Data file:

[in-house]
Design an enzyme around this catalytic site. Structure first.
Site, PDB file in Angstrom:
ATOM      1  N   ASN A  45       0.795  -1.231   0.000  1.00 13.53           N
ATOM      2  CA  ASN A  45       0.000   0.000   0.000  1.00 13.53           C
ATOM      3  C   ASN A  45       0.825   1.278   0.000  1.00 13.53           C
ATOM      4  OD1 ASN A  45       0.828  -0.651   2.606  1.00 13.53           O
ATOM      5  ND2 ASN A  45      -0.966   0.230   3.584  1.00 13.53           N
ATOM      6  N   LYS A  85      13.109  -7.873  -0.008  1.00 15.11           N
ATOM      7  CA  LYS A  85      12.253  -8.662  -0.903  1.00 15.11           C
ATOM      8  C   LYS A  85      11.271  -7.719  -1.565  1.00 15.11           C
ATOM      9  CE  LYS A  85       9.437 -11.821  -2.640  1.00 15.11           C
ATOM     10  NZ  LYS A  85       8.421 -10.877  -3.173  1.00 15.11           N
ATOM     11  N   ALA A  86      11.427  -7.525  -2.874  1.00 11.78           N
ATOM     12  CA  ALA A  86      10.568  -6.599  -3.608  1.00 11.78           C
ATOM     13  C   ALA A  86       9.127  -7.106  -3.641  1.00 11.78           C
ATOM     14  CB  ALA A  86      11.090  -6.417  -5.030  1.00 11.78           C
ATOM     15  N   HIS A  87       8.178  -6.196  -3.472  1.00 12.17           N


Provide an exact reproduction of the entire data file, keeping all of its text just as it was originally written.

[in-house]
Design an enzyme around this catalytic site. Structure first.
Site, PDB file in Angstrom:
ATOM      1  N   ASN A  45       0.795  -1.231   0.000  1.00 13.53           N
ATOM      2  CA  ASN A  45       0.000   0.000   0.000  1.00 13.53           C
ATOM      3  C   ASN A  45       0.825   1.278   0.000  1.00 13.53           C
ATOM      4  OD1 ASN A  45       0.828  -0.651   2.606  1.00 13.53           O
ATOM      5  ND2 ASN A  45      -0.966   0.230   3.584  1.00 13.53           N
ATOM      6  N   LYS A  85      13.109  -7.873  -0.008  1.00 15.11           N
ATOM      7  CA  LYS A  85      12.253  -8.662  -0.903  1.00 15.11           C
ATOM      8  C   LYS A  85      11.271  -7.719  -1.565  1.00 15.11           C
ATOM      9  CE  LYS A  85       9.437 -11.821  -2.640  1.00 15.11           C
ATOM     10  NZ  LYS A  85       8.421 -10.877  -3.173  1.00 15.11           N
ATOM     11  N   ALA A  86      11.427  -7.525  -2.874  1.00 11.78           N
ATOM     12  CA  ALA A  86      10.568  -6.599  -3.608  1.00 11.78           C
ATOM     13  C   ALA A  86       9.127  -7.106  -3.641  1.00 11.78           C
ATOM     14  CB  ALA A  86      11.090  -6.417  -5.030  1.00 11.78           C
ATOM     15  N   HIS A  87       8.178  -6.196  -3.472  1.00 12.17           N